Recently we started glibly taking pot shots at Auckland Council about the perilous state of it’s finances. It may be lost on some people, but the issues are significant and if allowed to continue, will result in massive headaches in decades to come.
The Mayor has strong desires to spend up large on principally public transport. He is also proposing substantial increases in borrowing to fund these works and other trinkets.
At the same time, Auckland Council is bogged down by the constraints of its current borrowing relative to the debt limits imposed on it by legislation. In order to increase spending (and assuming he won’t reduce the right costs) the Mayor has to increase rates, but he also has to opt to to defer maintenance on existing infrastructure to fund things now that he would prefer.
Infrastructure is often misunderstood and hard for the general public to value any expenditure on it because most of it is below ground.
As residents we notice the general condition of roads and footpaths and parks but not really the essential services pipes for potable water, sewer and storm water.
We’ve identified concerns primarily about debt but also the culture of excessive expenditure that has beset Auckland Council. In our view, the city is living beyond it’s means. Much of Auckland’s expenditure to date has come at the cost of maintenance of infrastructure (which in Auckland is widely know to be poked).
Council has many factors that it must budget for in it’s operating expenses. These must generally be offset by income derived principally from rates but also from other sources like airport shares and Ports of Auckland returns.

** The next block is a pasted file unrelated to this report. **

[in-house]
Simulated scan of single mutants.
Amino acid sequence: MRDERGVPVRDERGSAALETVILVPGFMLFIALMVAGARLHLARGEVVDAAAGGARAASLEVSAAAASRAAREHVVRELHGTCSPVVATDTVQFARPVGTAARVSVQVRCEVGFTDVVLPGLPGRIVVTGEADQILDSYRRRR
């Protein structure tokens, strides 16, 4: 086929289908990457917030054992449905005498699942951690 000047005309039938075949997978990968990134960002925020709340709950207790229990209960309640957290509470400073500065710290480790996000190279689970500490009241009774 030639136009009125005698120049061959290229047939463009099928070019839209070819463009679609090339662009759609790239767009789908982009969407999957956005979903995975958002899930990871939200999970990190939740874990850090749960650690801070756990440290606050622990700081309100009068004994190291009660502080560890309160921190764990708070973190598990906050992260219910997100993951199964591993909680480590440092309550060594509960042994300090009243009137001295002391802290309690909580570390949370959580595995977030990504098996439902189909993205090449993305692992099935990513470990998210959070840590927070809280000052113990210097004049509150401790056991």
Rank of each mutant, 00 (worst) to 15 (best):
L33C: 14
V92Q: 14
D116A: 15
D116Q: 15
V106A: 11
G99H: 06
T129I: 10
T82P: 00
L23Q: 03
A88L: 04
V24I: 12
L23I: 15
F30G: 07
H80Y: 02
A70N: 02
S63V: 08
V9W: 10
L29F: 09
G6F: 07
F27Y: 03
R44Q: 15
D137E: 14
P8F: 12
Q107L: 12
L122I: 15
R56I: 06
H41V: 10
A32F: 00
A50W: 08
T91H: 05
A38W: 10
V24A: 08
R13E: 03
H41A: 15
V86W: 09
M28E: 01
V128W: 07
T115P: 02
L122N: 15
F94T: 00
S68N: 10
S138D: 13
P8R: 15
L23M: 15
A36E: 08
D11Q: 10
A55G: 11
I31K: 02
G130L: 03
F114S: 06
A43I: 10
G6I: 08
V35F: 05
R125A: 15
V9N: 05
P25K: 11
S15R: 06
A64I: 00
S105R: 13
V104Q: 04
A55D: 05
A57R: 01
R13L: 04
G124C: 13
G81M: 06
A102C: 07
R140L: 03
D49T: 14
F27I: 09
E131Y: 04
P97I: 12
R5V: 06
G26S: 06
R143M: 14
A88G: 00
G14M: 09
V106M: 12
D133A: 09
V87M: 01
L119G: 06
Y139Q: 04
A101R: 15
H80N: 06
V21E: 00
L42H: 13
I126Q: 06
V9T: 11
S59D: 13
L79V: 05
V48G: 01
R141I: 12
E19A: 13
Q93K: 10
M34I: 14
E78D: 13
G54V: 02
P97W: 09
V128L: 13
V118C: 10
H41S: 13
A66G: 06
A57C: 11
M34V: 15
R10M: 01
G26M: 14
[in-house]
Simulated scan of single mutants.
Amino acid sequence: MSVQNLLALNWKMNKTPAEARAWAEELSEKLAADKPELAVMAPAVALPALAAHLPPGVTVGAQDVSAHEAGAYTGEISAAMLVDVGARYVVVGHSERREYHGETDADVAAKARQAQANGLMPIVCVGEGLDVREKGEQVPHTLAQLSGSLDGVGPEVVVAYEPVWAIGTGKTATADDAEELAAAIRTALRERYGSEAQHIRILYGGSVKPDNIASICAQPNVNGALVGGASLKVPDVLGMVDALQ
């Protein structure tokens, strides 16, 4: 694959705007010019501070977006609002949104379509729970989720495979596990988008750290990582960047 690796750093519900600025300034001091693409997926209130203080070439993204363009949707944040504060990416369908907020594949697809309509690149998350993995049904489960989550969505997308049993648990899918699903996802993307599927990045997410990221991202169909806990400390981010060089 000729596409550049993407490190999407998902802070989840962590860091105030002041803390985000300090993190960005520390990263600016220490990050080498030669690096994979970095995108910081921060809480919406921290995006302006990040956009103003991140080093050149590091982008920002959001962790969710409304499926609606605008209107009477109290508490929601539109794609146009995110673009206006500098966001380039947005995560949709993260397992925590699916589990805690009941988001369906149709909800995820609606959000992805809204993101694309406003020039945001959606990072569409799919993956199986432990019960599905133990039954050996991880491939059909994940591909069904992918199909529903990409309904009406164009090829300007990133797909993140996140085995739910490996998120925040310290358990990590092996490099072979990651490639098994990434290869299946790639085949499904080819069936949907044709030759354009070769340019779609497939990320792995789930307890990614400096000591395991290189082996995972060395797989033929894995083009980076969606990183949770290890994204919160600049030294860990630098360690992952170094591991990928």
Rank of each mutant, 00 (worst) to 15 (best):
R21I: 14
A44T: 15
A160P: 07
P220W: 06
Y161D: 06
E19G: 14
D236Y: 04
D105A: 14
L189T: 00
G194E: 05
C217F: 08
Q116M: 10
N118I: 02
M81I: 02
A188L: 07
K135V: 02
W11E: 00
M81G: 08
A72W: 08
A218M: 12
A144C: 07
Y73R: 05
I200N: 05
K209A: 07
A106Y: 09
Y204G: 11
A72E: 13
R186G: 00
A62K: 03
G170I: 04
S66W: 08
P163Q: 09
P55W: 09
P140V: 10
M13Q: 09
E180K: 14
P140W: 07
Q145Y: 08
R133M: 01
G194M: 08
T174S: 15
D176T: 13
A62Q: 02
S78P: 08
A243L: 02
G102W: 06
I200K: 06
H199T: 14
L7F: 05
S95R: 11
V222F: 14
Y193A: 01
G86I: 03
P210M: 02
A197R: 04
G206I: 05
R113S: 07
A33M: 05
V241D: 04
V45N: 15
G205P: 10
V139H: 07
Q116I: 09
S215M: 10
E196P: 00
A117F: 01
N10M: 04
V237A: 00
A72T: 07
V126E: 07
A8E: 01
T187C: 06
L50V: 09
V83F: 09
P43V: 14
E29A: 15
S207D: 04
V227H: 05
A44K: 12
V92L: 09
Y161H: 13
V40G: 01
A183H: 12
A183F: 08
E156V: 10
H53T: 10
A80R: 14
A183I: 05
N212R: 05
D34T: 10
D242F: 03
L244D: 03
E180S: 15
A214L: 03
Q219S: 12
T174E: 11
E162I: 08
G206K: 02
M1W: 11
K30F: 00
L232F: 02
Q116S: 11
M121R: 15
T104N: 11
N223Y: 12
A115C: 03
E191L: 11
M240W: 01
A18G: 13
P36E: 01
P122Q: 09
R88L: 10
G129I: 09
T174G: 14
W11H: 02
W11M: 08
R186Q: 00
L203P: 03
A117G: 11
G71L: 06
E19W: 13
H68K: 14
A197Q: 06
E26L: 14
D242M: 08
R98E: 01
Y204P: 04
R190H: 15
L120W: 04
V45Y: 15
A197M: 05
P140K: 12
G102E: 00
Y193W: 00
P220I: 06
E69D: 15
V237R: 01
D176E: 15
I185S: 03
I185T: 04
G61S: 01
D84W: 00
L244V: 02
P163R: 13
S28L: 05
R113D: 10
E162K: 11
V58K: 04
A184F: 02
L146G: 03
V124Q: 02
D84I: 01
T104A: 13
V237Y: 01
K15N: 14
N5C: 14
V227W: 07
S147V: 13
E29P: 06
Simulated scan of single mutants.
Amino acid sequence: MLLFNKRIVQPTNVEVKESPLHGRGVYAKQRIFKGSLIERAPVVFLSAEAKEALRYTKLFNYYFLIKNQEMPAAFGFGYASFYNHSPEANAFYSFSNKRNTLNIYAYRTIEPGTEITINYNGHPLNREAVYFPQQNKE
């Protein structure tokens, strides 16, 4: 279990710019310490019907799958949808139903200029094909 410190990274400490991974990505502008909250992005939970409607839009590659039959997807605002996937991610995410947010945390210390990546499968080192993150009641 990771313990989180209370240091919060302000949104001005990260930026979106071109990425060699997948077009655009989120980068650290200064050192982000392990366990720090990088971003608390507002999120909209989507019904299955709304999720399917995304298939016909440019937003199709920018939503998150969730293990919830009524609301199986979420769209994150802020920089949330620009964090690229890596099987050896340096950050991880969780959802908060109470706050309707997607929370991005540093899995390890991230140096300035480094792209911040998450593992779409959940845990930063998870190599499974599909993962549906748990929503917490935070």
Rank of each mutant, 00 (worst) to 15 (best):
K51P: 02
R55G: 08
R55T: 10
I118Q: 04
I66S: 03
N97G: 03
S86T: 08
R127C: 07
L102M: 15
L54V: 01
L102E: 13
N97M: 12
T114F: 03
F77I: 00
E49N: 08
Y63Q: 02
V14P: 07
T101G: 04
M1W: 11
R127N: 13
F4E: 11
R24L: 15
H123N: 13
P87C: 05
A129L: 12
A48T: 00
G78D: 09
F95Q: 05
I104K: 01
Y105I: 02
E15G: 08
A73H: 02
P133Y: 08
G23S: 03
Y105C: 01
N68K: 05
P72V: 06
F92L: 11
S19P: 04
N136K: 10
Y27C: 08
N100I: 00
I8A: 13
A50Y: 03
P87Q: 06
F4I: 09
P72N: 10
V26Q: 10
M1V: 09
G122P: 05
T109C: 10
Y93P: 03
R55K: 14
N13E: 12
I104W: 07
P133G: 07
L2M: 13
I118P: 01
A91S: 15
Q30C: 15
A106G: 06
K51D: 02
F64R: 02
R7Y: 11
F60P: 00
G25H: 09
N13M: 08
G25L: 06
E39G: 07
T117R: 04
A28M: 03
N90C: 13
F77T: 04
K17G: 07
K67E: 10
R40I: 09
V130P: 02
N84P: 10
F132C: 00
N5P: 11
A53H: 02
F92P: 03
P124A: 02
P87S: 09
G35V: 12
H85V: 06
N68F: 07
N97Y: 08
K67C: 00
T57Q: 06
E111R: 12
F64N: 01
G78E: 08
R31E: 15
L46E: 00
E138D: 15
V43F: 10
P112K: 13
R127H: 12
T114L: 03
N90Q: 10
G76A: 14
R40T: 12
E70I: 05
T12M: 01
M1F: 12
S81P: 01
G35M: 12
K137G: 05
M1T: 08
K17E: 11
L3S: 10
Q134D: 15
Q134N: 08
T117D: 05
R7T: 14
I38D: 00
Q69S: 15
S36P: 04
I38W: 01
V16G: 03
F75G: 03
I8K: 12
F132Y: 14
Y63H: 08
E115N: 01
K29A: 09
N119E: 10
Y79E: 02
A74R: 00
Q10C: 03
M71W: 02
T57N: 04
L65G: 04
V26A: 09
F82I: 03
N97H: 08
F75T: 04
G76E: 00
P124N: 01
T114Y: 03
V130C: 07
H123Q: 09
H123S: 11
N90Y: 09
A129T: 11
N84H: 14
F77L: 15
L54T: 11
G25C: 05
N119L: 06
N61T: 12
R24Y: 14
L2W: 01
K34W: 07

The Local Government Act clearly sets down the expectations but often Local Government falls short. Auckland Council is no different.
Auckland has significant capital expenditure to outlay, yet is focussed heavily on the persuasion that investment in rail and improved street scapes and other high profile projects should take priority.
Focus – for the purpose of this general discussion – should therefore start with understanding the responsibilities of a Local Government.
Local Government all around New Zealand has for years managed maintenance on a reactionary basis.
Councils fix things only when it breaks because of deficiencies in the planning of future maintenance.
A general lack of prudent planning of adequate future costs into Long Term Plans means Annual Operating budgets typically provision very little for the future with a general preference to spend on more immediate and public works ‘today’. By taking this approach Auckland Council – by example – is creating significant liabilities in the future for other generations to resolve.
Where surplus income avails of itself the normal response is to provision that to expenditure ‘now’ like a kid hungry to blow his pocket money on lollies.
A Local Authority like Auckland Council plans capital expenditure for urban projects – like the pretty CBD road and footpath improvements.
The problem with infrastructure maintenance is that it is very expensive, and it occurs in the future. Competing against the pretty high profile projects it suffers because it takes second place.
On the Audit NZ website is a document that records an audit of the performance of Local Government that is pertinent to this topic.
It is a helpful analysis of the general state of Local Government financial planning. Specific attention should be paid to the sections of the report regarding how Local Government is performing where it concerns maintenance of assets. Overall the report is one of serious under performance by Local Government including widespread failure to appropriately plan for future maintenance of infrastructure assets.
The Local Government Act states in section 10, subsection (1) (b) the purpose of Local Government relative to the provision of services and infrastructure and then in section 10, subsection (2) it goes on to say ‘In this Act , good-quality, in relation to local infrastructure, local public services, and performance of regulatory functions, mains infrastructure, services and performance that are (a) efficient; and (b) effective; and (c) appropriate to present and anticipated future circumstances. [Emphasis added].Â Read more »